Brigid was born in Bromley, Kent in early 1944, during a serious air-raid towards the end of World War 2. Her father was in the diplomatic service, and her parents’ marriage was not always stable, so Brigid moved school 12 times during her childhood and teens. Her parents experimented and practiced both Catholicism and Sufism via Oupensky and Gurdjieff – but much of Brigid’s schooling was at Catholic boarding schools.
It sounds like the youthful Brigid was something of a handful, rebelling against her middle class English background where she couldn’t easily express herself, and becoming, as she describes it “rebellious and slightly subversive”. But Brigid says “the nuns were a big influence on me.” Listen to more below:
Brigid’s last year of schooling was in New York (1960-1961) where she became involved with left wing causes, going on May Day rallies, opposing American activities in South and Central America and she once, admiringly, watched President Kennedy drive by in an open motorcade.
Brigid then went to art school back in the UK, got secretarial qualifications, worked for a while, and then came to Australia in 1965. She met Lenonard, her Australian husband-to-be, returned to England and married him, and then the couple settled back in Australia in 1970, and “got on with having a family”. She has three children, and now a number of young grandchildren.
Brigid describes her “lightbulb” environmental moment coming when she heard about the Franklin campaign. She describes her first environmental experiences in the early and mid 1980s in the extract below. Brigid was involved in supporting Milo Dunphy’s election campaign for the federal seat of Bennelong in 1983, standing against John Howard, and then for the NSW Upper House in 1988.
After her involvement in these election campaigns, Brigid then became a volunteer with the Australian Conservation Foundation (ACF) then housed in The Rocks, and was given what she describes as “a certain amount of leeway” to do work on waste issues and forest campaigns. Brigid eventually got a paid position as part of a team that John Cameron and I coordinated writing Recovering Ground – Brigid described it as “an excellent collaboration, the volunteers were empowered to a certain extent, and people’s strengths were drawn upon.” There was further work opportunity after that as a paid campaigner in the Natural Resources team area.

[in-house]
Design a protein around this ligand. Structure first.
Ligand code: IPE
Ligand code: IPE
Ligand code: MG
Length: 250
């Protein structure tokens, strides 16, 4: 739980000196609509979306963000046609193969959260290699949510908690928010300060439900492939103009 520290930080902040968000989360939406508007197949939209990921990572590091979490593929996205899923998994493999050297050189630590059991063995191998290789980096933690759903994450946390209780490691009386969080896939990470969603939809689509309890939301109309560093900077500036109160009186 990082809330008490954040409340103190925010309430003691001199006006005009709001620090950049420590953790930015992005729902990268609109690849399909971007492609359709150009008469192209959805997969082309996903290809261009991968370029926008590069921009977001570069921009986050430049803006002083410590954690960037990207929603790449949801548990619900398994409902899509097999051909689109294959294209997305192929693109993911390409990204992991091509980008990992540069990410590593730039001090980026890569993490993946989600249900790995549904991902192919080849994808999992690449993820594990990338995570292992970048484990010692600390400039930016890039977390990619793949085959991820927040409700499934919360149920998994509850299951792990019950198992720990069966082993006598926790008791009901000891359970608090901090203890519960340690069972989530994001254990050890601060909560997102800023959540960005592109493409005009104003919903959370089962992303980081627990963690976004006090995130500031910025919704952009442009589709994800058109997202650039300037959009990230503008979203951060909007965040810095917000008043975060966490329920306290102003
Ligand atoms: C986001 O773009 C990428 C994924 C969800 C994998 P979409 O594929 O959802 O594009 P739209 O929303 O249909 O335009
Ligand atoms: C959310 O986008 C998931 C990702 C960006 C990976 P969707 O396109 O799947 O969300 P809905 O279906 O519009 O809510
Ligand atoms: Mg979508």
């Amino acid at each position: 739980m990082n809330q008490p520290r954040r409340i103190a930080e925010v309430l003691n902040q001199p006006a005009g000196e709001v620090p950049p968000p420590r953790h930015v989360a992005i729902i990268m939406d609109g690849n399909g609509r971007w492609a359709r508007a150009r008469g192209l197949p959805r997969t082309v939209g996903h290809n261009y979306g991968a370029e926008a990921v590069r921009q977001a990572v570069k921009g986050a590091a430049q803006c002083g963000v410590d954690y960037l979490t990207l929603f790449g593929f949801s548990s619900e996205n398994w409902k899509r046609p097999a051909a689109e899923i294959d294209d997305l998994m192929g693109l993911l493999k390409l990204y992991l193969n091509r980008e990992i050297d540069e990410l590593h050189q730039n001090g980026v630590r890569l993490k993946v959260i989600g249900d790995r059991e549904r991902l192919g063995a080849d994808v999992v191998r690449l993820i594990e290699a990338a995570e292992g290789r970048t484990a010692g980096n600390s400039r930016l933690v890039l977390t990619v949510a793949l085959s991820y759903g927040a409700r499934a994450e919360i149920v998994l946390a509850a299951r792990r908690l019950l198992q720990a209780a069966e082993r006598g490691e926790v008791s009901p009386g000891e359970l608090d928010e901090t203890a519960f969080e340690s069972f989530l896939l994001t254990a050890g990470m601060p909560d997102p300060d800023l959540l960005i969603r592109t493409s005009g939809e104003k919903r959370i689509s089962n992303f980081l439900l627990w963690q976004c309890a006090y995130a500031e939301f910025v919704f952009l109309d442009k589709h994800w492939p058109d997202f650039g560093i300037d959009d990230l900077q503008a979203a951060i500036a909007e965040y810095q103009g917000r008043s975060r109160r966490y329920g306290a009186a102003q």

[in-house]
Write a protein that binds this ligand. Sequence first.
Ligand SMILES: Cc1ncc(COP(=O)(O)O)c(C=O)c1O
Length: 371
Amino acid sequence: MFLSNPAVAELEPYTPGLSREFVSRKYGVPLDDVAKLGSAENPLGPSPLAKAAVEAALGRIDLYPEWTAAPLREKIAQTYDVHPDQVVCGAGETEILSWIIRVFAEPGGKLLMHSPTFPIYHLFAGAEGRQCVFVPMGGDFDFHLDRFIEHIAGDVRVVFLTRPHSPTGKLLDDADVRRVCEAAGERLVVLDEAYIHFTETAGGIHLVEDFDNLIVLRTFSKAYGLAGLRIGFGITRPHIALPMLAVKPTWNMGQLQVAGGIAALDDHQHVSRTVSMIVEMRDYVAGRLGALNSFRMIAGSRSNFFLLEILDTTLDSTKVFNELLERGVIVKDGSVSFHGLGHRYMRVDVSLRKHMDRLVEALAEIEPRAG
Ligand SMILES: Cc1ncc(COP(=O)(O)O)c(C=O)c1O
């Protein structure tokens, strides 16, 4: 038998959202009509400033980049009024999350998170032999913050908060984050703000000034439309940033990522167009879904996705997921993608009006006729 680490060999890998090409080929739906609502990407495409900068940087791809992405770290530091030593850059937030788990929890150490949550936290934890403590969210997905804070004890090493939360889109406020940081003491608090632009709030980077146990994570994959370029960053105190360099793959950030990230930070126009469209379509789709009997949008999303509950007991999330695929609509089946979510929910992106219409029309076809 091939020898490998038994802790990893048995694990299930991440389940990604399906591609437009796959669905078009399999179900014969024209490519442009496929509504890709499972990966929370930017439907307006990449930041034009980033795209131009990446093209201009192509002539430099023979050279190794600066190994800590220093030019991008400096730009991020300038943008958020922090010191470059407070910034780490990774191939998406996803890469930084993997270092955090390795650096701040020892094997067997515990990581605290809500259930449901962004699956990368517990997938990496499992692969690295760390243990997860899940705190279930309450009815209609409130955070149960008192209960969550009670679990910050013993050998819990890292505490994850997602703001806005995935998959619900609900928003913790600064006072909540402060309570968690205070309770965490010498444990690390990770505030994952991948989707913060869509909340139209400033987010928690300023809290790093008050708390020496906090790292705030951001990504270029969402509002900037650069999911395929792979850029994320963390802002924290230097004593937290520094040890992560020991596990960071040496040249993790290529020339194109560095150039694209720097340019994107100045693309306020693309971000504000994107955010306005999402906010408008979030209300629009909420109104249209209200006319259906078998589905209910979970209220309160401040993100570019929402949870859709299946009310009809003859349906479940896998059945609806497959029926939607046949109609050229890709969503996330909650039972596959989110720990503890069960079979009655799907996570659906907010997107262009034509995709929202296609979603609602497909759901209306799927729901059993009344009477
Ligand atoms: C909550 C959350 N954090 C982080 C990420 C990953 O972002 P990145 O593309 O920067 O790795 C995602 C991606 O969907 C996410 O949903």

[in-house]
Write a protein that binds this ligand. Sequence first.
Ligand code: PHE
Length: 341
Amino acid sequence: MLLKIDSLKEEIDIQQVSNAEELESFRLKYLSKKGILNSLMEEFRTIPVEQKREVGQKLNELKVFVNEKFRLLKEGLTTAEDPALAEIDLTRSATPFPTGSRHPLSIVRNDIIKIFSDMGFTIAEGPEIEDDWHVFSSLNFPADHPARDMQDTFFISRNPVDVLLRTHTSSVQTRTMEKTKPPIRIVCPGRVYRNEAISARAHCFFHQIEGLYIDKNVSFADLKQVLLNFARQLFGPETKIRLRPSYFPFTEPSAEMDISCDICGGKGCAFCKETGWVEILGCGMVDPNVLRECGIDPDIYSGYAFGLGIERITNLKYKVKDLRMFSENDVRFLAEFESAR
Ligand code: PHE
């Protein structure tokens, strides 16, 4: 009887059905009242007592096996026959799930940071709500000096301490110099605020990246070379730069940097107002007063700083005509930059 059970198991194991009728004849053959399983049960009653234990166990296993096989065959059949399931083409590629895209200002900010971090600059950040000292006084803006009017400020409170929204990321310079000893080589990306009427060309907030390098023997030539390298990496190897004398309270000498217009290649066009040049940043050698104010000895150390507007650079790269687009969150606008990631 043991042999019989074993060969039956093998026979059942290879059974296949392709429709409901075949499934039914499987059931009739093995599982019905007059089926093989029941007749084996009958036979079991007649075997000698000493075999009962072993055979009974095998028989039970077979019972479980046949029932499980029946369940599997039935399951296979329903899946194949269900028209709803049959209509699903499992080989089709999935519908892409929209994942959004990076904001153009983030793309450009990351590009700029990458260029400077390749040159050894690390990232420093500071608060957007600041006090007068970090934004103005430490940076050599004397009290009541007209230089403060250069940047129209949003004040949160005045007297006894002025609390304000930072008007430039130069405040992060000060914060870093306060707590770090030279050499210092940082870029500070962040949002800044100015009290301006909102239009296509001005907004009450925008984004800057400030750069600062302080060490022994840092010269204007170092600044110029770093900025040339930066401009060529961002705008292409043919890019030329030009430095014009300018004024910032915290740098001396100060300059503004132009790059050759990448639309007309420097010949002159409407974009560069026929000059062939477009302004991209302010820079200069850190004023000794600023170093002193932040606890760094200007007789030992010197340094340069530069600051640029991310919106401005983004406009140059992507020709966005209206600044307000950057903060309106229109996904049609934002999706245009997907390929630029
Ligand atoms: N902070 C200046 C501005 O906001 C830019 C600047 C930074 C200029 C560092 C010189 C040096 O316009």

Like many other women I’ve interviewed so far, Brigid tended to enter into leadership positions by seeing that there was a gap that needed to be filled, or important work that wasn’t being done. She says:
There are different ways that people define leadership. For me it was never assuming a leadership mantle, it was more being ready and willing to take on responsibility at a certain level and make some decisions about the way I felt things should be managed, or volunteer to do something that no one else was available to do. There was no sense of it being a burden, just beavering away.
After her paid position at ACF finished, Brigid worked on a project funded by Sydney Water that involved coordination between different environment groups (1991-93), and then moved into Lane Cove Bush Regenerators Cooperative (the first not-for-profit bush regeneration group) as a professional bush regenerator. From her initial trainee position, she became a supervisor and then eventually a Director of the Cooperative – responsible for tendering, financing and governance. This sort of leadership involves more management– which Brigid describes as “separating yourself from her normal cohort”, taking on more responsibility, and therefore attracting criticism at times. One of the downsides of management for Brigid has been the way that it has led to changed relationships with her friends and colleagues in the Cooperative and elsewhere.
In 1993 Brigid became an ACF Councillor, replacing Jack Mundey, a position she held for seven years. She was encouraged to do this by a range of people including Milo Dunphy. Brigid saw her role on Council as being to advocate for the NSW members, and for the “browner” (waste management etc) issues. Towards the end of her time on Council this became somewhat frustrating.